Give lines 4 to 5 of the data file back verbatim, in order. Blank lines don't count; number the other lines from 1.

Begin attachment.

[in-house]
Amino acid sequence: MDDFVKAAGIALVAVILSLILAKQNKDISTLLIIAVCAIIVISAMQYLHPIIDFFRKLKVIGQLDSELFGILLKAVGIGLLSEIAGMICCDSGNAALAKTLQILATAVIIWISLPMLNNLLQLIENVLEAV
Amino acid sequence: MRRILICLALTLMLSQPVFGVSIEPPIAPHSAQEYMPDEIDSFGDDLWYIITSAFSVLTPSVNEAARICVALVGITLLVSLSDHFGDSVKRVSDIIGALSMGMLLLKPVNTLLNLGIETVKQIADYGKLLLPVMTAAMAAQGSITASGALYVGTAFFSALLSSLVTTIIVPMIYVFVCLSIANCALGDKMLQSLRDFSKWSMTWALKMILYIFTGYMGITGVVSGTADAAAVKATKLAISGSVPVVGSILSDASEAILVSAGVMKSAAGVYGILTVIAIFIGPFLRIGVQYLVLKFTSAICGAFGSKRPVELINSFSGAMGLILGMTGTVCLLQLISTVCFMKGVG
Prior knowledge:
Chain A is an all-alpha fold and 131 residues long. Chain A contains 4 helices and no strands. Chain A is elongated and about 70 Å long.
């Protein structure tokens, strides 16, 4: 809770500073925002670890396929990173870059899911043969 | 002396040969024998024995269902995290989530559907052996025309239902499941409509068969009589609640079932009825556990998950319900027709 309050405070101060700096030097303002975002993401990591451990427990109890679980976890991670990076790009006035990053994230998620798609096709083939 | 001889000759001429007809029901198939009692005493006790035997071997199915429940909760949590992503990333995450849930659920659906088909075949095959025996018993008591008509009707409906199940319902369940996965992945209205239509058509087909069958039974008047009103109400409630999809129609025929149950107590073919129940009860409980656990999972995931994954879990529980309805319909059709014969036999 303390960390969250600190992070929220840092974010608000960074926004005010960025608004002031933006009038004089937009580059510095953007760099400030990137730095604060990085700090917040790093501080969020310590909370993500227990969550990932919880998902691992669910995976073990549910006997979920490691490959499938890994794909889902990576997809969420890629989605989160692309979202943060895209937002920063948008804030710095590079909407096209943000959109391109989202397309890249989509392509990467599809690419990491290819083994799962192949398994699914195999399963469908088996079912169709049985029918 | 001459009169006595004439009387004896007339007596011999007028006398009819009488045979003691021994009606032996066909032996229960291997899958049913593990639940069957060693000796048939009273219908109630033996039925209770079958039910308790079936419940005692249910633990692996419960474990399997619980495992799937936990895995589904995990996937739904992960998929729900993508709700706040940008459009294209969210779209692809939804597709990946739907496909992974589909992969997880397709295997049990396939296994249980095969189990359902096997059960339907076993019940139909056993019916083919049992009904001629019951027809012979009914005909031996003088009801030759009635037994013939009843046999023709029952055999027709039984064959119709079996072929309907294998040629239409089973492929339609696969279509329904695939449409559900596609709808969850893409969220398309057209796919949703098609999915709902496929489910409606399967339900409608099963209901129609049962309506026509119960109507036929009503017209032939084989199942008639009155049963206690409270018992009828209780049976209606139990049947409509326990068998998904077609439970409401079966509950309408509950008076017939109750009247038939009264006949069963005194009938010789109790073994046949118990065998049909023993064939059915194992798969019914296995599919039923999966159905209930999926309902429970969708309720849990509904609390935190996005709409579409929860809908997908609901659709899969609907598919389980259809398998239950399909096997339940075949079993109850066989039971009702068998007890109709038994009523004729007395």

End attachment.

Prior knowledge:
Chain A is an all-alpha fold and 131 residues long. Chain A contains 4 helices and no strands. Chain A is elongated and about 70 Å long.